There are lots of lovely projects to inspire us out there in Quilty Blog World. I hope you find plenty of interest in this weeks selection 🙂 :
Izzy reviews a pattern from the online magazine, Make Modern. She used a Layer Cake and some extra fabric for the background. I subscribed to the magazine for the first time this year but despite receiving at least two, maybe three?, copies I just haven’t got in the habit of looking through a magazine on my laptop screen. Have you managed to make the transition from hard copy magazines to reading them online?
Amy Friend is organising a ‘Tell Me A Story Holiday Block Swap’. All the details are in this blog post. Is it too early to be rifling through Christmas fabrics? Probably not! 😀
Katy is trying out a different method of needle turn applique, back basting applique. Her explanation has me intrigued! And Laura is using freezer paper on the front of her applique shapes (another applique method to explore!). Laura’s post generated an interesting discussion about applique techniques.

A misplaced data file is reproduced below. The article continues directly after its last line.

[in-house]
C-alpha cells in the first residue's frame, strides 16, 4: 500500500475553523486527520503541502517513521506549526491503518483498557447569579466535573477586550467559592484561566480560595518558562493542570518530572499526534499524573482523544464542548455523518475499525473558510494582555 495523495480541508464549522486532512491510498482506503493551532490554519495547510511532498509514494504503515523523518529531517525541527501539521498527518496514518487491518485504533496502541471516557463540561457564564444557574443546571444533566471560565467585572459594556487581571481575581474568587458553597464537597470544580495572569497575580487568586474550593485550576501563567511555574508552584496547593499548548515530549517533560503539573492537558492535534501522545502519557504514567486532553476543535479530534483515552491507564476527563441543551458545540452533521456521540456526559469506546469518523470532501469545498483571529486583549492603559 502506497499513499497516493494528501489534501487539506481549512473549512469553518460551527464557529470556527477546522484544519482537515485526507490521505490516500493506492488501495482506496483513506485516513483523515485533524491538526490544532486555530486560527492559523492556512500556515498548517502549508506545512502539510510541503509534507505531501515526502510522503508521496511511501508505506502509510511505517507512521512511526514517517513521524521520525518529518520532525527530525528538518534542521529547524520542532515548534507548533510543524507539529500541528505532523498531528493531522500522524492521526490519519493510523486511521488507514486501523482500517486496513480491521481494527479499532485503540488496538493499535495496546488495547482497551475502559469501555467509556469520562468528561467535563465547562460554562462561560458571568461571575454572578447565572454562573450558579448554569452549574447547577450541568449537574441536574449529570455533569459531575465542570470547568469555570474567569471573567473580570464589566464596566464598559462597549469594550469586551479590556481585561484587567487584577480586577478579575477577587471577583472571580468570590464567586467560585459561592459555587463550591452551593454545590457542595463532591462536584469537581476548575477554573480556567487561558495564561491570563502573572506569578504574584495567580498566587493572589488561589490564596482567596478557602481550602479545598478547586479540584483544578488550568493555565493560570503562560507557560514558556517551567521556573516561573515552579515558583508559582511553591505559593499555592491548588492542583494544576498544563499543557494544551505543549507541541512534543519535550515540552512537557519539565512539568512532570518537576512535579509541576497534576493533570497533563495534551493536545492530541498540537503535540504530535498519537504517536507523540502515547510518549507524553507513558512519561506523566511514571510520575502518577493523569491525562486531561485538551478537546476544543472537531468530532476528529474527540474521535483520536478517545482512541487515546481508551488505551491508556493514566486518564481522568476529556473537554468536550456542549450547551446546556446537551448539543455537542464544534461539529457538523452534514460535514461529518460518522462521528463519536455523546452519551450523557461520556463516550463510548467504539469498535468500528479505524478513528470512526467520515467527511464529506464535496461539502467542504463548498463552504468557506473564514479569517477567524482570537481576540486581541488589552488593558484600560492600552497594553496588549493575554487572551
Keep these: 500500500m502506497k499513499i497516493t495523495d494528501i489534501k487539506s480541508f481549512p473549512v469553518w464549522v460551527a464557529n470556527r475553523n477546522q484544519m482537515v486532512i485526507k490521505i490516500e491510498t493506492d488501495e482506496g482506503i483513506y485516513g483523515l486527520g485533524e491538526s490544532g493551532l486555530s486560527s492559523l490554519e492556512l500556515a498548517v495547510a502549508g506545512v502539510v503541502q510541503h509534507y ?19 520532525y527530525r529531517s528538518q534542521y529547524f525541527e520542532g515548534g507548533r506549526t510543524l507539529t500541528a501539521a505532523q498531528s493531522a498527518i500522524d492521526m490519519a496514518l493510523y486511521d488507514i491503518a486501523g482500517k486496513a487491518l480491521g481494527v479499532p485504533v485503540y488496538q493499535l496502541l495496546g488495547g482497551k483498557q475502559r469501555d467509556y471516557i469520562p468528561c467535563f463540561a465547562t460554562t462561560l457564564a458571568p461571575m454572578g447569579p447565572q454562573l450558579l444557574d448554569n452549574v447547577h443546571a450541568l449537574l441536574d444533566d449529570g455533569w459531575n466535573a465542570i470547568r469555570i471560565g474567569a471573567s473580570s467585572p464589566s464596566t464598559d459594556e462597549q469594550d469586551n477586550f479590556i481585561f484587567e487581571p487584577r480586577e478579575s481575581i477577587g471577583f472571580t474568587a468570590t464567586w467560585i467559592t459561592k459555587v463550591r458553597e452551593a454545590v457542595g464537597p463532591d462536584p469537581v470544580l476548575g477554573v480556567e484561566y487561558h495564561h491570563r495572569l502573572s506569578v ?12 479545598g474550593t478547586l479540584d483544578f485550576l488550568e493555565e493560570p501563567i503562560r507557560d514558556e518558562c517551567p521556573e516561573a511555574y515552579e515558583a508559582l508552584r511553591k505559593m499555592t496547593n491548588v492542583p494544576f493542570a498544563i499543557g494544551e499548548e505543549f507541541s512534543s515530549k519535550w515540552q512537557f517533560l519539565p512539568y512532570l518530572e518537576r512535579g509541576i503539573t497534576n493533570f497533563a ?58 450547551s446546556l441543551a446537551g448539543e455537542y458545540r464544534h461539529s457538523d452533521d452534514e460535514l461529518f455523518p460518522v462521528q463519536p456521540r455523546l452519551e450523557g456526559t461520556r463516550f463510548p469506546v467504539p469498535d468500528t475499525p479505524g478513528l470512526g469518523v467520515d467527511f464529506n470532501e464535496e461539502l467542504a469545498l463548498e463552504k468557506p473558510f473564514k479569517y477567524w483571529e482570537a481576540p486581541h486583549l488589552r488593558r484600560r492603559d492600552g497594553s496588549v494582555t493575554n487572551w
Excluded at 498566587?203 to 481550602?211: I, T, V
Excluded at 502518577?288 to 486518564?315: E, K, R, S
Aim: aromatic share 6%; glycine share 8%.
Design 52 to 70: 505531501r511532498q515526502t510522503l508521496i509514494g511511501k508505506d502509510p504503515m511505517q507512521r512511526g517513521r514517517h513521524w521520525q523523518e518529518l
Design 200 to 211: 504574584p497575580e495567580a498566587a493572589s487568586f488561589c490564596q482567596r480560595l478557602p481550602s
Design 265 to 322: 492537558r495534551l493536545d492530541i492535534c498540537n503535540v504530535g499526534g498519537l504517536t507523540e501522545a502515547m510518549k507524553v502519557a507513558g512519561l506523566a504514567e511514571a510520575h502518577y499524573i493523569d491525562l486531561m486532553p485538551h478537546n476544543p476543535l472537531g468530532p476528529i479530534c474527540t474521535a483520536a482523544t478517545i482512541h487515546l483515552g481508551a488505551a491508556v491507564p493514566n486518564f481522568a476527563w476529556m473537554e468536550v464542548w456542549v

Beth’s Pink Stars quilt along is coming together now. The mix of star blocks look great in the finished quilt. Scroll to the end of Beth’s post to see an image of the quilt top.
Scrappy Scrap Basket. The Why? I often use scraps of fabric as an on-going leader-ender project. I have a bin of scraps within easy reach of my sewing machine and select a couple of scraps to stitch together each time I start or finish chain piecing patchwork units. On the other side of my sewing machine I have a basket ready to receive the stitched leader-enders as I snip them off the strings of chain pieced units. When the basket is full to over-flowing I know it’s time to press the seams of the leader-enders before throwing them in the box ready to become bigger units in a scrappy patchwork quilt 🙂
I’ve made several of these baskets and love just how scrappy a Scrappy Scrap Basket can be! For this tutorial I made a basket not only from fabric scraps but also interfacing scraps and wadding scraps. Funny how I still have loads of scraps…
It’s Week 4 of the Summer Scrap Elimination 2021 blog hop and I’m very happy to be sharing this Scrappy Scrap Basket tutorial as a contributor to Swan Amity Studio’s annual event.
Scrappy Scrap Basket. The How?
Materials to make a basket approx. :
Ten 2½” x 5″ rectangles of fabric (outer sides of basket)